Lenovo Legion Listing Confirms GeForce GTX 1160

Given the mixed (at best) reception of real-time ray tracing on GeForce Turing-powered graphics cards, Nvidia may be modifying its marketing plan to release  GTX 11-series graphics cards without the 20-series' RT cores. While this was a mere rumor a week ago, Lenovo's listing today seems to confirm the GTX 11-series' existence.

Like its RTX 20-series siblings, the future GTX 11-series will employ Nvidia's latest Turing graphics card architecture. However, they will not share the same silicon. The GeForce RTX 2060 will purportedly utilize the TU106 die, while the GeForce GTX 1160 will employ the TU116 die instead. Both chips are manufactured by TSMC under its 12nm FinFET node, of course.

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Header Cell - Column 0 GeForce RTX 2060GeForce GTX 1160
Architecture (GPU)Turing (TU106)*Turing (TU116)*
CUDA Cores1920*?
Tensor Cores240*N/A
RT Cores30*N/A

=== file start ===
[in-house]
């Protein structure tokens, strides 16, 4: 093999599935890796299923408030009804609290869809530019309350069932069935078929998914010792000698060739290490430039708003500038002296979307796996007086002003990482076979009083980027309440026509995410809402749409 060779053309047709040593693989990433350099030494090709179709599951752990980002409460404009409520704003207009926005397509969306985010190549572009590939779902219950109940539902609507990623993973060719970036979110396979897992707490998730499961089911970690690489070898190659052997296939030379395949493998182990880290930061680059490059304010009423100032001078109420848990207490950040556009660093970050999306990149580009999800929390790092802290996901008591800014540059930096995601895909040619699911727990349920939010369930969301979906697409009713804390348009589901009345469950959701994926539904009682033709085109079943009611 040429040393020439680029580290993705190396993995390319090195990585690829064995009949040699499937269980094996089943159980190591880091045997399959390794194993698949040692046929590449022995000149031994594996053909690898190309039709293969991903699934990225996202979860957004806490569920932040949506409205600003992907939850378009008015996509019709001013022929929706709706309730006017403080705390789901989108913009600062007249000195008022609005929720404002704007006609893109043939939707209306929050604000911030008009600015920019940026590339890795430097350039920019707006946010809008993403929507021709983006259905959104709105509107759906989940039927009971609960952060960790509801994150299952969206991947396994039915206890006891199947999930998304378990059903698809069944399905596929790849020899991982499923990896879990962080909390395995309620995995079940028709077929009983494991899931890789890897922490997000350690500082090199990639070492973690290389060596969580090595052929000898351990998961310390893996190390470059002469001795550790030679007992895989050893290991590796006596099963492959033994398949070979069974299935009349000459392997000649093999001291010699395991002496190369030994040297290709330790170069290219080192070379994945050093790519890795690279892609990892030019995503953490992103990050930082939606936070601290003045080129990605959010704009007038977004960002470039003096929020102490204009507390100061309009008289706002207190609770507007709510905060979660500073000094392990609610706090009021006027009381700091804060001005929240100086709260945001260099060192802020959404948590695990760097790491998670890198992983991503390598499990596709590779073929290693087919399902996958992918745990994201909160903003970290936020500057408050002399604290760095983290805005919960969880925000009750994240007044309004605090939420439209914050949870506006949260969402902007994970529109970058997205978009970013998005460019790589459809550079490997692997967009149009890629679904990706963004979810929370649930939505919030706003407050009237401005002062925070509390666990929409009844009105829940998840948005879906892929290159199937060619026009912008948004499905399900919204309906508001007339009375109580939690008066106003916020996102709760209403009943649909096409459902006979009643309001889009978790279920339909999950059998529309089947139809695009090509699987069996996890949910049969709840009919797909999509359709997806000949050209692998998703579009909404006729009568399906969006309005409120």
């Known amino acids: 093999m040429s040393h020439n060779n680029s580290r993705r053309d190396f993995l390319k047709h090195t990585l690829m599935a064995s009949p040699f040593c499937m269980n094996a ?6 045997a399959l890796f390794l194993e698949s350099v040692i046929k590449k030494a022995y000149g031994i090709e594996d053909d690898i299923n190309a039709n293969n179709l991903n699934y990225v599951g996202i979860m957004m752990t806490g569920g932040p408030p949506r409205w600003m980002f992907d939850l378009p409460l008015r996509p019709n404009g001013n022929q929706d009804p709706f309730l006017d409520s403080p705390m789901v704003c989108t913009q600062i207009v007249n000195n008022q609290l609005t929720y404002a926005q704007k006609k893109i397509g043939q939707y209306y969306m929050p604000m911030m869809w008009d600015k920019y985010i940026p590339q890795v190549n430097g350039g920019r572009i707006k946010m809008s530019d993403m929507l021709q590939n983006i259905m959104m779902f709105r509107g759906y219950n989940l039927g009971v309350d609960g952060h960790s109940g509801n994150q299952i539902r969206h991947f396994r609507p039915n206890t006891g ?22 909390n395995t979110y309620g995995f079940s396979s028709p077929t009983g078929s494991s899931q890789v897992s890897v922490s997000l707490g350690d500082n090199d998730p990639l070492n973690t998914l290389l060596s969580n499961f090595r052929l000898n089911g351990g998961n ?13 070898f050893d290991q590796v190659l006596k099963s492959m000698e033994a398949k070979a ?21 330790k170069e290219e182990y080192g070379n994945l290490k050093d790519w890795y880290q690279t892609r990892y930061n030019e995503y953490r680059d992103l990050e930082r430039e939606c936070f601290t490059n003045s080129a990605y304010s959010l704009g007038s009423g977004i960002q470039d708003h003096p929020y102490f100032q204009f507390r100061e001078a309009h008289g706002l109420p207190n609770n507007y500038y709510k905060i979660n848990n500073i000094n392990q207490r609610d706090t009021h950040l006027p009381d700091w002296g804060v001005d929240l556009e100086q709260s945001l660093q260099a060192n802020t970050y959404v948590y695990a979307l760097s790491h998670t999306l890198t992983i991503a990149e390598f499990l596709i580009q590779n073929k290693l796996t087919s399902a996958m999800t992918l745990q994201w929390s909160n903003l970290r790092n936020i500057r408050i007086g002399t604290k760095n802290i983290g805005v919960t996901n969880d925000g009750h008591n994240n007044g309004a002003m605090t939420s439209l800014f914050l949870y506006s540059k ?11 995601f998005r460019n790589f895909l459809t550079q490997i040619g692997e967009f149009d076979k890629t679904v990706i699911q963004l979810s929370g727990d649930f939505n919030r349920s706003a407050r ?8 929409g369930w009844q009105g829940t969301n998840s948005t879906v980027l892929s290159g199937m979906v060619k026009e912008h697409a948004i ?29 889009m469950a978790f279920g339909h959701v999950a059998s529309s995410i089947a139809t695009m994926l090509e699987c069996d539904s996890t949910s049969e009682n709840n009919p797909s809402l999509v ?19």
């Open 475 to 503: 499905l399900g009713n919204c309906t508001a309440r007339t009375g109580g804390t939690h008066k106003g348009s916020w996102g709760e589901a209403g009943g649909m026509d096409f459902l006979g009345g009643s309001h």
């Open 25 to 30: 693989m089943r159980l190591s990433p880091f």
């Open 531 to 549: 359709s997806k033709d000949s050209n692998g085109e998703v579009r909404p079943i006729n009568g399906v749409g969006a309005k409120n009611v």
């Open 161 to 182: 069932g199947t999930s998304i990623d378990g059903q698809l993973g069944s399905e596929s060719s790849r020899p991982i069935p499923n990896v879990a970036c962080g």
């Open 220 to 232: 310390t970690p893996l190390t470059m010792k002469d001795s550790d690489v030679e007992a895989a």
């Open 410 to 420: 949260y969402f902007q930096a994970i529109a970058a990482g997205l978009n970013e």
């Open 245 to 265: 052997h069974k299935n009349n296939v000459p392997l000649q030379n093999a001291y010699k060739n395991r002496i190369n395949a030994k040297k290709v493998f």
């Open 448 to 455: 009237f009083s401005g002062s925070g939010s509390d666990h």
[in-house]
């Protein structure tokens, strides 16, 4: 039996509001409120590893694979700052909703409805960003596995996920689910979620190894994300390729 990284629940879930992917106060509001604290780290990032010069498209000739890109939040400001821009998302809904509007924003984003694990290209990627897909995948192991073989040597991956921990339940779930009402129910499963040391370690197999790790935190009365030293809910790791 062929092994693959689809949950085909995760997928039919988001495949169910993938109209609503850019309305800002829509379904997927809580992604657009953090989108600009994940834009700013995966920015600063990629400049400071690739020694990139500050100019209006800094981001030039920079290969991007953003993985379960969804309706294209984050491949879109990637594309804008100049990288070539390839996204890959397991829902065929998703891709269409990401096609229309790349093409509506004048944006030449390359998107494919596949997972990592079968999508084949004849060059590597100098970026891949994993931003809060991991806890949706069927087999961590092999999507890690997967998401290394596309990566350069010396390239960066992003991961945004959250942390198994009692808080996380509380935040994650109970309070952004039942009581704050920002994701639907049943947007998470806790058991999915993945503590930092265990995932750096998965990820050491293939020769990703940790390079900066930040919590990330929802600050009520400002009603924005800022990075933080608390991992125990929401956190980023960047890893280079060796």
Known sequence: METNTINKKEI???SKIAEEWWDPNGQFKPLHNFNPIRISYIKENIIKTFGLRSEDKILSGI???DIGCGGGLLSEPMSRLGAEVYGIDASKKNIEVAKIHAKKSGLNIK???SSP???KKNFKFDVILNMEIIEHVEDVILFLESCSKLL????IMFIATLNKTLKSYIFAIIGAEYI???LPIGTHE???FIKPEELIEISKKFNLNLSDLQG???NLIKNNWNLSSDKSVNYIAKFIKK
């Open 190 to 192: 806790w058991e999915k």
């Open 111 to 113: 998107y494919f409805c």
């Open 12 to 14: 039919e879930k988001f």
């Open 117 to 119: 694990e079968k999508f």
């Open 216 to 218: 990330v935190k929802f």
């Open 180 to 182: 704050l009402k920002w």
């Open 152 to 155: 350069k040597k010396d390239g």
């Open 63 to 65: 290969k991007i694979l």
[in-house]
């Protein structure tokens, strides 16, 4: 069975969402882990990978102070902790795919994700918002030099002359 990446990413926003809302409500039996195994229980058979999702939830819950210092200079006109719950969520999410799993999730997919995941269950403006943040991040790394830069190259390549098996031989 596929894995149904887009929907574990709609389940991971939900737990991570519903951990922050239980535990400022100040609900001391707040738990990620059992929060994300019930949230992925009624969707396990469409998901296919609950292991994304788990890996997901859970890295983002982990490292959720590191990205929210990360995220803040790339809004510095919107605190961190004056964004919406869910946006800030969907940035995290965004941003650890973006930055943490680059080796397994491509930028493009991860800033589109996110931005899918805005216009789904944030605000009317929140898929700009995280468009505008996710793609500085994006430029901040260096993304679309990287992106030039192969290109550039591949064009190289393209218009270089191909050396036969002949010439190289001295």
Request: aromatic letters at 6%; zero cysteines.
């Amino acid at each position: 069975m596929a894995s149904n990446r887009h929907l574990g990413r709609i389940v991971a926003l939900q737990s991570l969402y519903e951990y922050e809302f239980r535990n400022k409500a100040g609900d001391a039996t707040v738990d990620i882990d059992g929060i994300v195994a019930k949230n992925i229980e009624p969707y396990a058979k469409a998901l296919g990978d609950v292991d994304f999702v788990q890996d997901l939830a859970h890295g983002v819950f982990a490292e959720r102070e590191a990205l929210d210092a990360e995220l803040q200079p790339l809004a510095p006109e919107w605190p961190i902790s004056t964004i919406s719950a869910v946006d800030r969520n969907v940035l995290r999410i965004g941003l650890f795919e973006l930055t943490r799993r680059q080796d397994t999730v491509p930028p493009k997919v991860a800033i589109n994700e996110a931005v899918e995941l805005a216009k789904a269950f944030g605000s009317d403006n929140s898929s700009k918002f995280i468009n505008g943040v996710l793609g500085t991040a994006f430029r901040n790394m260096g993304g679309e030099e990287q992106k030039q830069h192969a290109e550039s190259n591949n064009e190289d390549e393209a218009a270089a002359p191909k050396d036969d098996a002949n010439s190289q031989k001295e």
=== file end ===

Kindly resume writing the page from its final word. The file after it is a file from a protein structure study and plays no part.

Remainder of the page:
Texture Units120*?
Base Clock Rate1365 MHz*?
GPU Boost Rate1680 MHz*?
Memory Capacity6GB GDDR6*3GB or 6GB*
Memory Clock14 Gbps*?
Memory Bus192-bit*?
Memory Bandwidth336 GB/s*?
L2 Cache??
Transistor Count10.8 billion*?
Die Size445 mm²*?


At this moment in time, there is no concrete evidence on the level of differences between the two graphics cards. Early speculation is that the GeForce GTX 11-series will lack the Tensor and RT cores. The GeForce RTX 2060 should feature up to 1920 CUDA cores and 6GB of GDDR6 memory clocked at 14 Gbps. It could sport 240 Tensor cores for AI and 30 RT cores for ray tracing. It also reportedly comes with a 1,365MHz base clock and 1,680MHz boost clock.

Thanks to Lenovo's recent leak, we can be fairly certain that the GeForce GTX 1160 will be offered in 3GB and 6GB memory configurations. This shouldn't really come as a surprise as Nvidia released the previous GeForce GTX 1060 with 3GB and 6GB as well, and then later launched a region-specific variant with 5GB.

The GeForce RTX 2060 is expected to be in stores on January 15, 2019.

Zhiye Liu
RAM Reviewer and News Editor

Zhiye Liu is a Freelance News Writer at Tom’s Hardware US. Although he loves everything that’s hardware, he has a soft spot for CPUs, GPUs, and RAM.